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  1. Abstract State transitions in black hole X-ray binaries are likely caused by gas evaporation from a thin accretion disk into a hot corona. We present a height-integrated version of this process, which is suitable for analytical and numerical studies. With radius r scaled to Schwarzschild units and coronal mass accretion rate m ̇ c to Eddington units, the results of the model are independent of black hole mass. State transitions should thus be similar in X-ray binaries and an active galactic nucleus. The corona solution consists of two power-law segments separated at a break radius r b ∼ 10 3more »( α /0.3) −2 , where α is the viscosity parameter. Gas evaporates from the disk to the corona for r > r b , and condenses back for r < r b . At r b , m ̇ c reaches its maximum, m ̇ c , max ≈ 0.02 ( α / 0.3 ) 3 . If at r ≫ r b the thin disk accretes with m ̇ d < m ̇ c , max , then the disk evaporates fully before reaching r b , giving the hard state. Otherwise, the disk survives at all radii, giving the thermal state. While the basic model considers only bremsstrahlung cooling and viscous heating, we also discuss a more realistic model that includes Compton cooling and direct coronal heating by energy transport from the disk. Solutions are again independent of black hole mass, and r b remains unchanged. This model predicts strong coronal winds for r > r b , and a T ∼ 5 × 10 8 K Compton-cooled corona for r < r b . Two-temperature effects are ignored, but may be important at small radii.« less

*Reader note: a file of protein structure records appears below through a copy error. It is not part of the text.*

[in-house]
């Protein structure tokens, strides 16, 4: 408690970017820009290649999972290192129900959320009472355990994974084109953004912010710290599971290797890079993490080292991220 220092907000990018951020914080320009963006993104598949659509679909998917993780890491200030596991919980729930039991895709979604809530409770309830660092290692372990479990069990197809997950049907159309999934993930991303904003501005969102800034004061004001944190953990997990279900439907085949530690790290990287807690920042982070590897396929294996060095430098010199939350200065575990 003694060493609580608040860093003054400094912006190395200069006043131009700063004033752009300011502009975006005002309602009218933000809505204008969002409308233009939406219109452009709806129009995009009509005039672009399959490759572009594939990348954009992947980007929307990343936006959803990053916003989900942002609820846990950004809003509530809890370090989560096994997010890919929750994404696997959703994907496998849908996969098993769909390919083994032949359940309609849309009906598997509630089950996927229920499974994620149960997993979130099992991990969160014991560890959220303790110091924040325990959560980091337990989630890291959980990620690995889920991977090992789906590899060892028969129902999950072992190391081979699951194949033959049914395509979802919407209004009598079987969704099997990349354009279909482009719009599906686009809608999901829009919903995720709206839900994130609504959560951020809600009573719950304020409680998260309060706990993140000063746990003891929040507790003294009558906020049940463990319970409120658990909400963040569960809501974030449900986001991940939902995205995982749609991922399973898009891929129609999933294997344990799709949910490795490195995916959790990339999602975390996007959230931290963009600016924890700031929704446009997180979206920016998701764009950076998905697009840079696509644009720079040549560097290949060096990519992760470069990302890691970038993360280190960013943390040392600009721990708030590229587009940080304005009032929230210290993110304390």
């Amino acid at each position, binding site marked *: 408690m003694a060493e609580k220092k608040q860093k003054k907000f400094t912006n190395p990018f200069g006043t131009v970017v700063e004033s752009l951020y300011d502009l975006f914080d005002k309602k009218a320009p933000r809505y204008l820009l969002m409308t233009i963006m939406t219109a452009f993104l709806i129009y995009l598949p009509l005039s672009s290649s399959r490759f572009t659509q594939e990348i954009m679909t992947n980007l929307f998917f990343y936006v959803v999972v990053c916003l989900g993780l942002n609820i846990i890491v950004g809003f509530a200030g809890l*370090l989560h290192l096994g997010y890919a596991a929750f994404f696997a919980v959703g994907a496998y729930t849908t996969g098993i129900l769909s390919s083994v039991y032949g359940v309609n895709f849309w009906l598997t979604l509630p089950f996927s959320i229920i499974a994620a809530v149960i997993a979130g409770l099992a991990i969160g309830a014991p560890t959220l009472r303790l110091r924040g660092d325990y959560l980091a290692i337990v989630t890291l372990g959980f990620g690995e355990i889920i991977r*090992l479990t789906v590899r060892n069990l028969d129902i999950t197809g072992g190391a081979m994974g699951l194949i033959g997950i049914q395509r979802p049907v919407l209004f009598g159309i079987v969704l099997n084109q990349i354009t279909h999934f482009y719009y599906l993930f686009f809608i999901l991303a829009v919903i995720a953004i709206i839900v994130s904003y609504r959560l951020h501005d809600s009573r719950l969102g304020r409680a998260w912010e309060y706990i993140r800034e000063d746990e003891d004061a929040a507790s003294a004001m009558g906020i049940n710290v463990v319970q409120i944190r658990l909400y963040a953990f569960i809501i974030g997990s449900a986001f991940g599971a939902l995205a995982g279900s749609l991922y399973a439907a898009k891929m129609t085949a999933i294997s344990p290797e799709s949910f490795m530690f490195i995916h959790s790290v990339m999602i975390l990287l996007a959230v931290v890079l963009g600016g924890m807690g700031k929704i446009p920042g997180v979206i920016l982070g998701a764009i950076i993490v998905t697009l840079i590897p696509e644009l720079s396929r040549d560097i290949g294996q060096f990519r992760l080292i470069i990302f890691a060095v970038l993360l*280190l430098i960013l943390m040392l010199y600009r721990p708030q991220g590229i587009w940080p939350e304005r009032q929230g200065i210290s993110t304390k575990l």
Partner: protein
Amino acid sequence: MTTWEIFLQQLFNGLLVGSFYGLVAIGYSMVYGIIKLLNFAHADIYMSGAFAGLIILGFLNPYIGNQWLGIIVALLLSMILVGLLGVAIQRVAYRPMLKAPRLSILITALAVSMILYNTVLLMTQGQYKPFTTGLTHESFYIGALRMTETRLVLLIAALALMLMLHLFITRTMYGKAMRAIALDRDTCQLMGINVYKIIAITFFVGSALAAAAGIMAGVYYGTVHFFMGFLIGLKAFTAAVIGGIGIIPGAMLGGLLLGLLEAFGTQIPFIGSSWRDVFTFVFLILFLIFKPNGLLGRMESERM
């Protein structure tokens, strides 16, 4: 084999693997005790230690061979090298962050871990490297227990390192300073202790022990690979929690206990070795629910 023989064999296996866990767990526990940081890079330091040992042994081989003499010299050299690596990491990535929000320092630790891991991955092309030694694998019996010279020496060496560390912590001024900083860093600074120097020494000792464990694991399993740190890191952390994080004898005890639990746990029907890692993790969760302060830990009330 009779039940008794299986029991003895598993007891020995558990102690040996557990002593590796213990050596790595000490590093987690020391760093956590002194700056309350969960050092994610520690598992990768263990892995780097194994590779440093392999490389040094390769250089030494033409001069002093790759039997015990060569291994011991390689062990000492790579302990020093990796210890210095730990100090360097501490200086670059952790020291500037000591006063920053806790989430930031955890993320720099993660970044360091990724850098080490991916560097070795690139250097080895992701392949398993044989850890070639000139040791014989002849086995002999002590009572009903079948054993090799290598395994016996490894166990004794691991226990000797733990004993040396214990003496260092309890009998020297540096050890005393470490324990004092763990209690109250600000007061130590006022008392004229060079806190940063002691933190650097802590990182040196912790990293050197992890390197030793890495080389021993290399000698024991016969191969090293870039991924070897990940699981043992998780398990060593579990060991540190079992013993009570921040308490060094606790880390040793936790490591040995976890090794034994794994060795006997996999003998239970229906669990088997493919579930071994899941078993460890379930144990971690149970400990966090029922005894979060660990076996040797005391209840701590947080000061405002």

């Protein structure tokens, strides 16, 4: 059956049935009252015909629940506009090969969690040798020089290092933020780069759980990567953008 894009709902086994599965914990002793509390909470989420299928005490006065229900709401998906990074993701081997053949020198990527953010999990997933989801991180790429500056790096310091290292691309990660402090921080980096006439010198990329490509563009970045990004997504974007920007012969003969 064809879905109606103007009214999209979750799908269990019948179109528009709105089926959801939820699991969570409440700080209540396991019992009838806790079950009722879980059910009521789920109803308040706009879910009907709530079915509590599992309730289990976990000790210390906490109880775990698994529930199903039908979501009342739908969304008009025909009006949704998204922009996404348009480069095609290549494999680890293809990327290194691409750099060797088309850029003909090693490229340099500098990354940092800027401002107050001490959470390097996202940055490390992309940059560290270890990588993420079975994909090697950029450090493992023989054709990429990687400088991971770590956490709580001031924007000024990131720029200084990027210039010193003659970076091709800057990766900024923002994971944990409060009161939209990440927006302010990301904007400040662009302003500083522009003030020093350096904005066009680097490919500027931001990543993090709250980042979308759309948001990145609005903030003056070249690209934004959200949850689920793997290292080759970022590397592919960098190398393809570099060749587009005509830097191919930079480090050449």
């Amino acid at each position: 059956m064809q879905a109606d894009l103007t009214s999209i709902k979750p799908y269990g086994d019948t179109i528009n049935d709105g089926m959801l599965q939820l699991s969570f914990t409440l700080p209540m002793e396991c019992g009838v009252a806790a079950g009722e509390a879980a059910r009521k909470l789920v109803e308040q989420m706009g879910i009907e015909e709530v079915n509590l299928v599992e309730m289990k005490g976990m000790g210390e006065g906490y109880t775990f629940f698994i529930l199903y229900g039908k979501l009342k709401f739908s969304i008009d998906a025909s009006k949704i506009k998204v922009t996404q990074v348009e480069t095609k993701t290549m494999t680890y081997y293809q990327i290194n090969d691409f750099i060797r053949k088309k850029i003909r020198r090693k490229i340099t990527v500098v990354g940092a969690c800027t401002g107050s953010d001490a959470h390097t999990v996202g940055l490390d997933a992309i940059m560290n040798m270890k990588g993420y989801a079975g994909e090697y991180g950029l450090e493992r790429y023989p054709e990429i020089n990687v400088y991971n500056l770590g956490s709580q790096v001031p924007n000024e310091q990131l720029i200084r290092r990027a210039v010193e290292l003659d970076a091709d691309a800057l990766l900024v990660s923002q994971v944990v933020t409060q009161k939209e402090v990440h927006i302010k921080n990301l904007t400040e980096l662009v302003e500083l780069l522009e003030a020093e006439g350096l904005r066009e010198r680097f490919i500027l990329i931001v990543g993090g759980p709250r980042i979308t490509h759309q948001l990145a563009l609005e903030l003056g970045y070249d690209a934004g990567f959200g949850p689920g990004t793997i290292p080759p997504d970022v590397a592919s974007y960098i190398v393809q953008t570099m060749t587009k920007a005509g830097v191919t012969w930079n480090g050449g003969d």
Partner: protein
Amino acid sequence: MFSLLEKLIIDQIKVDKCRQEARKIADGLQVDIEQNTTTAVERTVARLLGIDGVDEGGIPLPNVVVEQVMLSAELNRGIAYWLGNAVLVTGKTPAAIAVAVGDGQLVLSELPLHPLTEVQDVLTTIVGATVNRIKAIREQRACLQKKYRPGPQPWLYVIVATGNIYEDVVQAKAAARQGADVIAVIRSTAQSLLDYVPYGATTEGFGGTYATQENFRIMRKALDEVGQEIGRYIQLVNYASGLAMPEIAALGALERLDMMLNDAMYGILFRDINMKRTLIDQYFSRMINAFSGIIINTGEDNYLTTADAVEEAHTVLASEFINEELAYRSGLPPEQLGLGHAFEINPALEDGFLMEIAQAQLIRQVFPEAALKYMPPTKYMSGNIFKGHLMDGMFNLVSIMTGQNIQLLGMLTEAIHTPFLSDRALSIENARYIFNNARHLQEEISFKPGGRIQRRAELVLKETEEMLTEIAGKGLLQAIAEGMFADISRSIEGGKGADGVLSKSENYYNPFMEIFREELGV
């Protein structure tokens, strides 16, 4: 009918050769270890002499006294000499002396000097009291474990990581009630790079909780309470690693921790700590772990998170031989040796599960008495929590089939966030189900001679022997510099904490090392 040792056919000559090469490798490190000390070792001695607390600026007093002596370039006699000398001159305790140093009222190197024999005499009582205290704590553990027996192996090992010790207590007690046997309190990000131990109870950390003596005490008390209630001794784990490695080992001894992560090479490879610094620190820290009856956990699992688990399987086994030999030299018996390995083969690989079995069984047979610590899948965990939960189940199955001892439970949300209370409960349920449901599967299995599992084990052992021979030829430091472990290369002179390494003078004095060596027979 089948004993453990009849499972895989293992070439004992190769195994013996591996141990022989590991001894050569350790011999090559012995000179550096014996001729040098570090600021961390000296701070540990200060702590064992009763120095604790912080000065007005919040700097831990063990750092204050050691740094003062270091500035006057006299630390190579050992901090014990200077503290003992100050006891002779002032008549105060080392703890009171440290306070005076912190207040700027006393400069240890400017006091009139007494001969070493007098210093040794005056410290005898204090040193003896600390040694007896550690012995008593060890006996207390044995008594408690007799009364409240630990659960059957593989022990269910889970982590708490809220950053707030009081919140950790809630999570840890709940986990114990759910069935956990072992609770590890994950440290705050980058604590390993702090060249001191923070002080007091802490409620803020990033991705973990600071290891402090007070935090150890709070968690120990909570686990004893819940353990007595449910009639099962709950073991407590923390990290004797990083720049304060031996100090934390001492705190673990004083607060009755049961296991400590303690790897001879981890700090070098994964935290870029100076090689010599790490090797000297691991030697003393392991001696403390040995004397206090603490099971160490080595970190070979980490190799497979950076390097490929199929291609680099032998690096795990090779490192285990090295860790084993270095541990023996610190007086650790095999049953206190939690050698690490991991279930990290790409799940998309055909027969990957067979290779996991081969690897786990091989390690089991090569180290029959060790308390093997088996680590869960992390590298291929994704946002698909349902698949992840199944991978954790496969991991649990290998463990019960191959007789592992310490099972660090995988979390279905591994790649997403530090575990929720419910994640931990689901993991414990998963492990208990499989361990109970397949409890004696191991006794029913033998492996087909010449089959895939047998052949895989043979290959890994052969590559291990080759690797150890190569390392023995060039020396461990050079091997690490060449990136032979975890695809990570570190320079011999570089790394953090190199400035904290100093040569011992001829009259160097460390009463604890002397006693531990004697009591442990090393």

Free, publicly-accessible full text available June 1, 2023
  2. Present-day galaxies are surrounded by cool and enriched halo gas extending for hundreds of kiloparsecs. This halo gas is thought to be the dominant reservoir of material available to fuel future star formation, but direct constraints on its mass and physical properties have been difficult to obtain. We report the detection of a fast radio burst (FRB 181112), localized with arcsecond precision, that passes through the halo of a foreground galaxy. Analysis of the burst shows that the halo gas has low net magnetization and turbulence. Our results imply predominantly diffuse gas in massive galactic halos, even those hosting activemore »supermassive black holes, contrary to some previous results.« less